OLABARATZ (Laubaras), JEAN D’, naval officer; b. 20 Oct. 1727 in Saint-Jean-de-Luz, France, son of Joannis-Galand d’Olabaratz* and Catherine Despiaube; m. c. 1779 Marguerite-Angélique Collas; they had no children; d. 1 Feb. 1808 at his birthplace.
Little is known about Jean d’Olabaratz’s childhood, but everything suggests that he was oriented towards a naval career from his youth. In these years his father had his own ship, and there is no doubt that he took his son with him on more than one voyage. The elder d’Olabaratz seems indeed to have had a major influence on his son, because throughout the latter’s apprenticeship they were often to be found on the same bridge.
When he was 18 Jean d’Olabaratz joined the French navy. He served as a supernumerary officer in the port of Bayonne, and then as port ensign there. From 1746 to 1749 he sailed under his father in the frigate Bristol and the king’s corvette Catherine; promoted lieutenant at the time of a voyage to Louisbourg, Île Royale (Cape Breton Island), in the Intrépide, he subsequently returned to France. In 1750 the minister of Marine, Rouillé, appointed his father port captain at Louisbourg; Jean occupied the post of port ensign, for which he obtained his brevet in 1752.
In 1755 d’Olabaratz received permission from the governor of Île Royale to embark on the Héros, a warship returning to France after a short mission at sea. Once more on French shores, he became port ensign at Brest. In 1756, despite his desire to serve in France, he was given command of the frigate Aigle, which he skilfully sailed to Louisbourg that October.
The following year, again in the Aigle, which was accompanied by the Outarde, d’Olabaratz left Rochefort, France, for Quebec. The ships captured two British merchant vessels during the crossing, and then lost sight of each other off Newfoundland. D’Olabaratz sailed into the Gulf of St Lawrence through the Strait of Belle Isle, but as a result of wrong information he ran aground near Gros Mécatina. When he was informed of this shipwreck, Intendant François Bigot* dispatched the Légère to the scene; it arrived at the same time as the Bien-Aimé, two months after the accident. Unfortunately the following night the two ships crashed into each other in a sudden gale and were a total loss.
D’Olabaratz then requisitioned the Roi du Nord, a snow belonging to some French fishermen who had come to hunt seals. He loaded onto it what had been salvaged from the previous shipwrecks and set sail for Quebec. As a crowning misfortune his new ship proved unseaworthy – its hull was completely rotten and split open off Île Saint-Barnabé. The shipwrecked crew managed to reach shore. Thus it was only after months of delay that d’Olabaratz arrived at Quebec.
Early in 1758 the government of the colony gave d’Olabaratz the delicate task of ensuring the naval defence of Lake Champlain. Along with the shipbuilder Pierre Levasseur, son of René-Nicolas Levasseur*, he supervised the building of three xebecs. After they were launched, the Muskelonge, Brochette, and Esturgeon were put under the command of d’Olabaratz, who was himself under François-Charles de Bourlamaque*’s orders. His mission consisted of patrolling the waters of Lake Champlain and delaying as long as possible the advance of the British troops. On several occasions he was on the verge of engaging with enemy ships, but each time he adroitly evaded them. On 12 Oct. 1759 he was hemmed in near presentday Plattsburgh, N.Y., and after holding a council with his officers on board the Muskelonge, he scuttled his flotilla and returned to Montreal under cover of darkness. The incident, which has been attributed erroneously to d’Olabaratz’s father, displeased the colonial authorities. After François de Lévis* had denied him command of a schooner, d’Olabaratz took passage for France. Again he had the misfortune to be shipwrecked, a little below Quebec, but he soon found another vessel on which to continue his voyage. Once at sea, it was pursued by a British ship, which speedily captured it. D’Olabaratz was taken to England, where he was detained for some time.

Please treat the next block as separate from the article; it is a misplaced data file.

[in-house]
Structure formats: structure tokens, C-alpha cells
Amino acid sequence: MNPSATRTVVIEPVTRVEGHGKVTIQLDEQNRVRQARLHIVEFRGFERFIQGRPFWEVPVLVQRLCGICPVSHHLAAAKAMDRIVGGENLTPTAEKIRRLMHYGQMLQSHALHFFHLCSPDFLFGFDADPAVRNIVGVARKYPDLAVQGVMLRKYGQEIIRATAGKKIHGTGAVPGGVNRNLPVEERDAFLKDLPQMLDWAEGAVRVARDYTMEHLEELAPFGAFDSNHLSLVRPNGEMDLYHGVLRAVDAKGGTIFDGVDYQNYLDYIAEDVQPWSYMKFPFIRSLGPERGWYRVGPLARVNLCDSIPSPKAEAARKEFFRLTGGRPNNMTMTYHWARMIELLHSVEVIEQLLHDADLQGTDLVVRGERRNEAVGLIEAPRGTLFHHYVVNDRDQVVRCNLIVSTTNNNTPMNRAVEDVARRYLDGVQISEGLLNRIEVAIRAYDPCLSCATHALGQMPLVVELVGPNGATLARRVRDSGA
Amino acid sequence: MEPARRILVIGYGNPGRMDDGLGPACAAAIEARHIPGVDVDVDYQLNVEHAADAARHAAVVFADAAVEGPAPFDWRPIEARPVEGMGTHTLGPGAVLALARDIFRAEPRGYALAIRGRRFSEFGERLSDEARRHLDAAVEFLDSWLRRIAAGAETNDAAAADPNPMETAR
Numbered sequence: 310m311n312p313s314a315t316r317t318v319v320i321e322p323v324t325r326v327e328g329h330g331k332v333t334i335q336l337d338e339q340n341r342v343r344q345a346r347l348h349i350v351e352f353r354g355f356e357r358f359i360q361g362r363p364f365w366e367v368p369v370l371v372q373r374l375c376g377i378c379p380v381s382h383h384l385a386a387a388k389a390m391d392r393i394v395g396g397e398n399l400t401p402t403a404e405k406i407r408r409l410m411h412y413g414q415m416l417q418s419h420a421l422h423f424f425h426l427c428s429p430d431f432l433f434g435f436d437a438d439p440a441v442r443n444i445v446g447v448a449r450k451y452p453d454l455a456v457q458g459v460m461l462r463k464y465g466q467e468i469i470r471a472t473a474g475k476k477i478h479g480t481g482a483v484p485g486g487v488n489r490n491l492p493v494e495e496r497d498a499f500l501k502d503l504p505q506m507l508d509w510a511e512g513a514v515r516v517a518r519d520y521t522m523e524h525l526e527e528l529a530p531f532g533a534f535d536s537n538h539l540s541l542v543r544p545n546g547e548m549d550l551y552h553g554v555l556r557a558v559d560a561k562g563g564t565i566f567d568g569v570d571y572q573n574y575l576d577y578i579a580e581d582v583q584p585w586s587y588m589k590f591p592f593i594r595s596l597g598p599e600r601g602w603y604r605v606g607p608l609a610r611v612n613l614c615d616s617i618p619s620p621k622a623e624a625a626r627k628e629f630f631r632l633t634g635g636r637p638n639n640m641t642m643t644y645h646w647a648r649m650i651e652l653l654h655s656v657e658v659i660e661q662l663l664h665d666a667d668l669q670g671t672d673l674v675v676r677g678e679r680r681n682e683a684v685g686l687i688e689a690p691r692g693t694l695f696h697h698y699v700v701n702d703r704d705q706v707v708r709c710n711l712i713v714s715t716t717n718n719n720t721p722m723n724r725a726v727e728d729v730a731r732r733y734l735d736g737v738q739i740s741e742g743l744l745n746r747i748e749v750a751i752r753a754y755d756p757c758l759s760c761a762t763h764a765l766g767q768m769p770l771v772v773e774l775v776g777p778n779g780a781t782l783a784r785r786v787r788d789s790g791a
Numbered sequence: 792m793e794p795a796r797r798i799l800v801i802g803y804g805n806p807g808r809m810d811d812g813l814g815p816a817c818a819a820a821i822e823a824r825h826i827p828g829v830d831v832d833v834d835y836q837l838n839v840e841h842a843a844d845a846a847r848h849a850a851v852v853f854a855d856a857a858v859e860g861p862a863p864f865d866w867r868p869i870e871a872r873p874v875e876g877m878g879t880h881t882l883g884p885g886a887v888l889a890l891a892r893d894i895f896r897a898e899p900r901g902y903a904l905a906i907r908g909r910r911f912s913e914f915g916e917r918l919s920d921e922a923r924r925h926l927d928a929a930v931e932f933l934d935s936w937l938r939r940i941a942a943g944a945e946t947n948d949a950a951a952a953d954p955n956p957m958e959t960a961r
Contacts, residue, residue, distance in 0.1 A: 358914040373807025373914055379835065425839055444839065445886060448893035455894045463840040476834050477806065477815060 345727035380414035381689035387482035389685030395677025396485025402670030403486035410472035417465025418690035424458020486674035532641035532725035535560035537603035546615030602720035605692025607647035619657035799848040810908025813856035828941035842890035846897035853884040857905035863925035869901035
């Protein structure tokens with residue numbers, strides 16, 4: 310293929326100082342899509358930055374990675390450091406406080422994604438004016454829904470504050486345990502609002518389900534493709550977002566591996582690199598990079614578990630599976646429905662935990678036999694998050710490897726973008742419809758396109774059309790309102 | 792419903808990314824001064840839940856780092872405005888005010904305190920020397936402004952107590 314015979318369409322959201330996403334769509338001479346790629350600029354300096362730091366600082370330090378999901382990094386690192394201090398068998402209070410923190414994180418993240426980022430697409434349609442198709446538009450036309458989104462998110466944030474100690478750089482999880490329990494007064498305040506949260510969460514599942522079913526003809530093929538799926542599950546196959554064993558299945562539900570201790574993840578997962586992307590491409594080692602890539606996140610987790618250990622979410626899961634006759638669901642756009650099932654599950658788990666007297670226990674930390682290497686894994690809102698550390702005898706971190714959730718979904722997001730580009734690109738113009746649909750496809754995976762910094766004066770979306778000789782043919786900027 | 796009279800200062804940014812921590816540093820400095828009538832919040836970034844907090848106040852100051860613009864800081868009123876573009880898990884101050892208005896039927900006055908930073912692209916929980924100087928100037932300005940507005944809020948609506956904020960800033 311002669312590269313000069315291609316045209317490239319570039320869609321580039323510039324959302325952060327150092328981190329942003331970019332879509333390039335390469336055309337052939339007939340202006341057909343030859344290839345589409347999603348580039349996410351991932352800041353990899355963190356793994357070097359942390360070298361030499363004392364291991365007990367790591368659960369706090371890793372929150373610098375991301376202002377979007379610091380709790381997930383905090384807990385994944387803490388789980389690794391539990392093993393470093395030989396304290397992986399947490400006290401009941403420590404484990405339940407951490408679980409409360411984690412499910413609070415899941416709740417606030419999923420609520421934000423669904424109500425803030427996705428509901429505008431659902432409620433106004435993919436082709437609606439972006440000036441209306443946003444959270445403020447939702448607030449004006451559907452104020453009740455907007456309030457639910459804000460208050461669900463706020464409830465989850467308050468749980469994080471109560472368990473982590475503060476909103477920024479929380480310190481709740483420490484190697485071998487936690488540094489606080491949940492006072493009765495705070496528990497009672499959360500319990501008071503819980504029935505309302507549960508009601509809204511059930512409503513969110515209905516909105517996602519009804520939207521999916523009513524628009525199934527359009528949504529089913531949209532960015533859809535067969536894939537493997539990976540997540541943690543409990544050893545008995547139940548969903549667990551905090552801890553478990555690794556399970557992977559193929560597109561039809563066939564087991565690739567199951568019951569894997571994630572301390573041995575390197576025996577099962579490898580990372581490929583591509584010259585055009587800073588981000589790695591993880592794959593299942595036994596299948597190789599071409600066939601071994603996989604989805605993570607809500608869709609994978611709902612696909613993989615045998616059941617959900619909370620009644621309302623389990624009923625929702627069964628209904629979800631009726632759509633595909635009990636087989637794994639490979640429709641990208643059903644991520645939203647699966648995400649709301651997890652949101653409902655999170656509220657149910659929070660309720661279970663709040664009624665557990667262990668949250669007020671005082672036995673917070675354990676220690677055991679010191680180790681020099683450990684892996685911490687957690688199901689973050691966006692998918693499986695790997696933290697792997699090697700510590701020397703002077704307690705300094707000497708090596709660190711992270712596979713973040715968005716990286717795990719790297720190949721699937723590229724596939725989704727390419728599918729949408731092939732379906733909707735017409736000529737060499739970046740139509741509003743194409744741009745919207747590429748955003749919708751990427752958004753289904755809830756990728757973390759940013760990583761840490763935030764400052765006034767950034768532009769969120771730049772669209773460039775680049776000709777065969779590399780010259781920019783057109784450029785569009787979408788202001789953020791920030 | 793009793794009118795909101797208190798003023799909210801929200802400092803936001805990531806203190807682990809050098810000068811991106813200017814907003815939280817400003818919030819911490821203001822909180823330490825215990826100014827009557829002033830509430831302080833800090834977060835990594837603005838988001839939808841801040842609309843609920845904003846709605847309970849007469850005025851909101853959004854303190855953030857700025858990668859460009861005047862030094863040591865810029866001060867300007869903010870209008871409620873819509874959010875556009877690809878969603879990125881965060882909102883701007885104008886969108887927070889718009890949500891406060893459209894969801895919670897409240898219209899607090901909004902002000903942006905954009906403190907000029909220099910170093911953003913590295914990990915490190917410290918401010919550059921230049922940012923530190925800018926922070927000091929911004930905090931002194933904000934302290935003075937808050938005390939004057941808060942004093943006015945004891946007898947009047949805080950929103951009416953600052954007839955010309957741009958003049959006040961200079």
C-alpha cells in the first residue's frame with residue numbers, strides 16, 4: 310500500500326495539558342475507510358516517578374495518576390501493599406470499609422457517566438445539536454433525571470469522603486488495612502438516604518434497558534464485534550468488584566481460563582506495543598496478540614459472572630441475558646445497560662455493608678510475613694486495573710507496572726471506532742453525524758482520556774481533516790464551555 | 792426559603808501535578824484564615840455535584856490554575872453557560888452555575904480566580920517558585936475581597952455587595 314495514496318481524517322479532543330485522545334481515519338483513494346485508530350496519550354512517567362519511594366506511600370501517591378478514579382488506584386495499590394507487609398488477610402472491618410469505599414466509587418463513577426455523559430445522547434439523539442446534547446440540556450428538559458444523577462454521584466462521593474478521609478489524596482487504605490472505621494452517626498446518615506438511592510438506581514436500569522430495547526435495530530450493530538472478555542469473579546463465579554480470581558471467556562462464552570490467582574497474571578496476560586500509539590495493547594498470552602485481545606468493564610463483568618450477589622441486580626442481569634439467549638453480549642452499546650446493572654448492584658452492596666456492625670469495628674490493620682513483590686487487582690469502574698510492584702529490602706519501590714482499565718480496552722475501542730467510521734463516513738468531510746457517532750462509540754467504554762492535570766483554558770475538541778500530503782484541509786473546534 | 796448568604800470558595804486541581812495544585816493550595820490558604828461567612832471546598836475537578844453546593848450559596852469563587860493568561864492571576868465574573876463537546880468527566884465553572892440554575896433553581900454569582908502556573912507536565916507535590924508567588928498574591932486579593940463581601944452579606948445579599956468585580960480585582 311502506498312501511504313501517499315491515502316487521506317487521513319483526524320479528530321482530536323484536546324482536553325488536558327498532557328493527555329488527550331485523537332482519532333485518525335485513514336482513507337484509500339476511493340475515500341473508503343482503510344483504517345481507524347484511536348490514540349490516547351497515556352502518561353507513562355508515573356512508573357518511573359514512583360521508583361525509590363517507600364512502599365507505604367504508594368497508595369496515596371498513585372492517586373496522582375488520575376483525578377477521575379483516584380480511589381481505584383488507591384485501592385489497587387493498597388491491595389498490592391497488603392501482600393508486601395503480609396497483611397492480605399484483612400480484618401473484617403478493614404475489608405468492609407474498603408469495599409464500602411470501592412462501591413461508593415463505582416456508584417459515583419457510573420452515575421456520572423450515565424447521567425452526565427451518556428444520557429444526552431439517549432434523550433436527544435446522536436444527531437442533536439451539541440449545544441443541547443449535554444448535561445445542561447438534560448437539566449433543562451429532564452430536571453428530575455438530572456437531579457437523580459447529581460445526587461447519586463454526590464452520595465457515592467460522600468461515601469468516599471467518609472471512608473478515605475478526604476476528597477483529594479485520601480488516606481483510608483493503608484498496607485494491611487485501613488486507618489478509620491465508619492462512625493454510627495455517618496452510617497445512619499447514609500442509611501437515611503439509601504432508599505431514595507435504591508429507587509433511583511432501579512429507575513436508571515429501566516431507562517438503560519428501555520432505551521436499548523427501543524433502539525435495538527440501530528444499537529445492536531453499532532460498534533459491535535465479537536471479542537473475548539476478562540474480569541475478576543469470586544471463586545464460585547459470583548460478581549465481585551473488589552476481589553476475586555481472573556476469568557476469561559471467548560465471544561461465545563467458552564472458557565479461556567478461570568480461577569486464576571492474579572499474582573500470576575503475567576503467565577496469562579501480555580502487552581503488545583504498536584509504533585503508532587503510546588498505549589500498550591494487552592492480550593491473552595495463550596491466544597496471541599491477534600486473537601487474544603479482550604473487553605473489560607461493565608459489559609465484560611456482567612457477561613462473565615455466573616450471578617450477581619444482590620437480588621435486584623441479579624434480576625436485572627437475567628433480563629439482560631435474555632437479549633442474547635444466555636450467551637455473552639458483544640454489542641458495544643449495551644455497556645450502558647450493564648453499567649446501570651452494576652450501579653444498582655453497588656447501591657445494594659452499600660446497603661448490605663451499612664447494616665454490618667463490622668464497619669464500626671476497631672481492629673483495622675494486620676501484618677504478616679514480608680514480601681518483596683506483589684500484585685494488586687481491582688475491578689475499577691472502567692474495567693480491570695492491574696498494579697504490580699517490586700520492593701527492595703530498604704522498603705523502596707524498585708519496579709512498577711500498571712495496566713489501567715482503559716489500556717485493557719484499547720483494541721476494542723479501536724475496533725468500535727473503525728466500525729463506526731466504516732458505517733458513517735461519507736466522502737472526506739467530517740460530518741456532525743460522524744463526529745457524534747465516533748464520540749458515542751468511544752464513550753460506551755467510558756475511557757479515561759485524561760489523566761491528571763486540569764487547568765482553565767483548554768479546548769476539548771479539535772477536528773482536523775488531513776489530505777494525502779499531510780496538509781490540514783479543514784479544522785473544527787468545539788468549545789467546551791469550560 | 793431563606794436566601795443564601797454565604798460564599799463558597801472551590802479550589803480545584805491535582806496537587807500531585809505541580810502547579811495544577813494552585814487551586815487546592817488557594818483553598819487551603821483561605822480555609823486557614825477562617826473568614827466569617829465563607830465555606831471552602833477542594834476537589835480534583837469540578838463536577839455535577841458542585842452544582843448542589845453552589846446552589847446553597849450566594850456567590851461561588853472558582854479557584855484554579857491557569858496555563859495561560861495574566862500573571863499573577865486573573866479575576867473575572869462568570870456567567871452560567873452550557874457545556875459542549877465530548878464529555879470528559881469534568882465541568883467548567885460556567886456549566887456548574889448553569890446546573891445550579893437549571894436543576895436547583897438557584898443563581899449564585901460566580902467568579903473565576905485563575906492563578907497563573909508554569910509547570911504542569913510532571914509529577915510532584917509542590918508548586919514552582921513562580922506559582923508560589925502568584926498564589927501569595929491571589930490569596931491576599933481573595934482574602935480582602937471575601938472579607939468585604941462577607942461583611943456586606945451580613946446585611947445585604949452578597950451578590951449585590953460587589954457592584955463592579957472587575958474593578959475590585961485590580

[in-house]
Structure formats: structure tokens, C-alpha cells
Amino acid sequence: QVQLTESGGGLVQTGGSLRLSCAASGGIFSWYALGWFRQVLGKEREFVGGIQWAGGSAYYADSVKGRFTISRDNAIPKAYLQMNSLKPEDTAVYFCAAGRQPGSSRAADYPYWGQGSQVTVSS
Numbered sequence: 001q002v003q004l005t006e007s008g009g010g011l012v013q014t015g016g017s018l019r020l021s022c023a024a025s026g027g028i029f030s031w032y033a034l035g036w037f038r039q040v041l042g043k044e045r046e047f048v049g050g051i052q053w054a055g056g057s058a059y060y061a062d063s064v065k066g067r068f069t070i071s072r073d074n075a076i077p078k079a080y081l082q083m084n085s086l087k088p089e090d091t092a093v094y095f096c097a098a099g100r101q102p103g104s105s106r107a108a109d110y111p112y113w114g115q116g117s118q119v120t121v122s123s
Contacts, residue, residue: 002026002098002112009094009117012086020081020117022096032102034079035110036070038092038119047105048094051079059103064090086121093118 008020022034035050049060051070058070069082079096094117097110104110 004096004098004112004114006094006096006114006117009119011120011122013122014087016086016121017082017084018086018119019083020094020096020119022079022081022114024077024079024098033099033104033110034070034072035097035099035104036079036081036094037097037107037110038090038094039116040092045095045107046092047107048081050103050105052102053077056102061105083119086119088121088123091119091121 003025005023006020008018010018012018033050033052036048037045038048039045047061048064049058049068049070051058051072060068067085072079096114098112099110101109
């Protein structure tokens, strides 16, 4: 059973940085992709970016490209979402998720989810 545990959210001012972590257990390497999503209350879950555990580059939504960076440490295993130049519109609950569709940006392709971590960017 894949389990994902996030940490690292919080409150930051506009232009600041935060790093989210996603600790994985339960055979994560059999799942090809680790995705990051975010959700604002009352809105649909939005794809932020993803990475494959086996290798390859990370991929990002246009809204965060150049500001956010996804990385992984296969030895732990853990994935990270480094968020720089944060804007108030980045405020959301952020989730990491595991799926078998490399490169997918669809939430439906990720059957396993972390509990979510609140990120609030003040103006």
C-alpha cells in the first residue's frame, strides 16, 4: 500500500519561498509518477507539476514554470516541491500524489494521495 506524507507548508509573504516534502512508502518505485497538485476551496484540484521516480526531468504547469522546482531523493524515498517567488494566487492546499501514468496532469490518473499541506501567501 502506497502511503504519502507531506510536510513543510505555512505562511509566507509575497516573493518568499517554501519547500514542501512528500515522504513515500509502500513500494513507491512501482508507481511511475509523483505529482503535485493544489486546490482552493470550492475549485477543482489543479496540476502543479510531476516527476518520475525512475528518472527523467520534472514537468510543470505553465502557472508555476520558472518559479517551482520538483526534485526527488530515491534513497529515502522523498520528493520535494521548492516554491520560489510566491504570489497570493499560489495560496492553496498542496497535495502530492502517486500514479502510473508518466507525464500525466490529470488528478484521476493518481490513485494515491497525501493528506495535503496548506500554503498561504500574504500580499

In the years following his tour of duty in Canada d’Olabaratz held various posts on the king’s ships. In particular he served on board the flute Salomon, the frigate Hareror, and the lighter Porteuse. He was named lieutenant in 1775 and captain in March 1779. He then commanded the flute Ménagère, subsequently ending his career on board the Fier. In 1786 he retired with the rank of brigadier of the naval forces.
Of all the misadventures that Jean d’Olabaratz experienced in New France, the loss of the Lake Champlain flotilla remains the strangest. He never explained the motives for his action, and no court martial was held to force him to justify himself. The ships were the only ones that the government of the colony had ever built to defend its posts on the Rivière Richelieu, and at the moment when they were the most indispensable, they sank without even firing their guns.
AN, Marine, B4, 91; C1, 171: f.1034; C6, 239: ff.1–43; C7, 239 (dossier d’Olabaratz). Coll. des manuscrits de Lévis (Casgrain), 5. Harrison Bird, Navies in the mountains: the battles on the waters of Lake Champlain and Lake George, 1609–1814 (New York, 1962), 100.